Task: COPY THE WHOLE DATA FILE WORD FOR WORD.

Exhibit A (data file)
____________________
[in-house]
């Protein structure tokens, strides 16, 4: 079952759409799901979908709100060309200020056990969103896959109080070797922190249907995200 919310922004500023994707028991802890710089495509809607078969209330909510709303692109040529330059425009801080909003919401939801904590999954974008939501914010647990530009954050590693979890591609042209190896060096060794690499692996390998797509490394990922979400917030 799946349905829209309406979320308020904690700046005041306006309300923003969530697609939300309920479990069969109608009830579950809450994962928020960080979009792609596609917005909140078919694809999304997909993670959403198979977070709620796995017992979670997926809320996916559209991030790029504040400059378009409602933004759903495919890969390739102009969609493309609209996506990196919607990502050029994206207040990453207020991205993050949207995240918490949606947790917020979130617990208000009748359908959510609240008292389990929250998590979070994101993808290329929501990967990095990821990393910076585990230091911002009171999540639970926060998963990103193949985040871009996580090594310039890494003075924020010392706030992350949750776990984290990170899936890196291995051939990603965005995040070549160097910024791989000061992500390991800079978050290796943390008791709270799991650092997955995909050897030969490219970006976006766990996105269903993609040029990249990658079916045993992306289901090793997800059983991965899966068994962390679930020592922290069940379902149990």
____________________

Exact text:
[in-house]
């Protein structure tokens, strides 16, 4: 079952759409799901979908709100060309200020056990969103896959109080070797922190249907995200 919310922004500023994707028991802890710089495509809607078969209330909510709303692109040529330059425009801080909003919401939801904590999954974008939501914010647990530009954050590693979890591609042209190896060096060794690499692996390998797509490394990922979400917030 799946349905829209309406979320308020904690700046005041306006309300923003969530697609939300309920479990069969109608009830579950809450994962928020960080979009792609596609917005909140078919694809999304997909993670959403198979977070709620796995017992979670997926809320996916559209991030790029504040400059378009409602933004759903495919890969390739102009969609493309609209996506990196919607990502050029994206207040990453207020991205993050949207995240918490949606947790917020979130617990208000009748359908959510609240008292389990929250998590979070994101993808290329929501990967990095990821990393910076585990230091911002009171999540639970926060998963990103193949985040871009996580090594310039890494003075924020010392706030992350949750776990984290990170899936890196291995051939990603965005995040070549160097910024791989000061992500390991800079978050290796943390008791709270799991650092997955995909050897030969490219970006976006766990996105269903993609040029990249990658079916045993992306289901090793997800059983991965899966068994962390679930020592922290069940379902149990």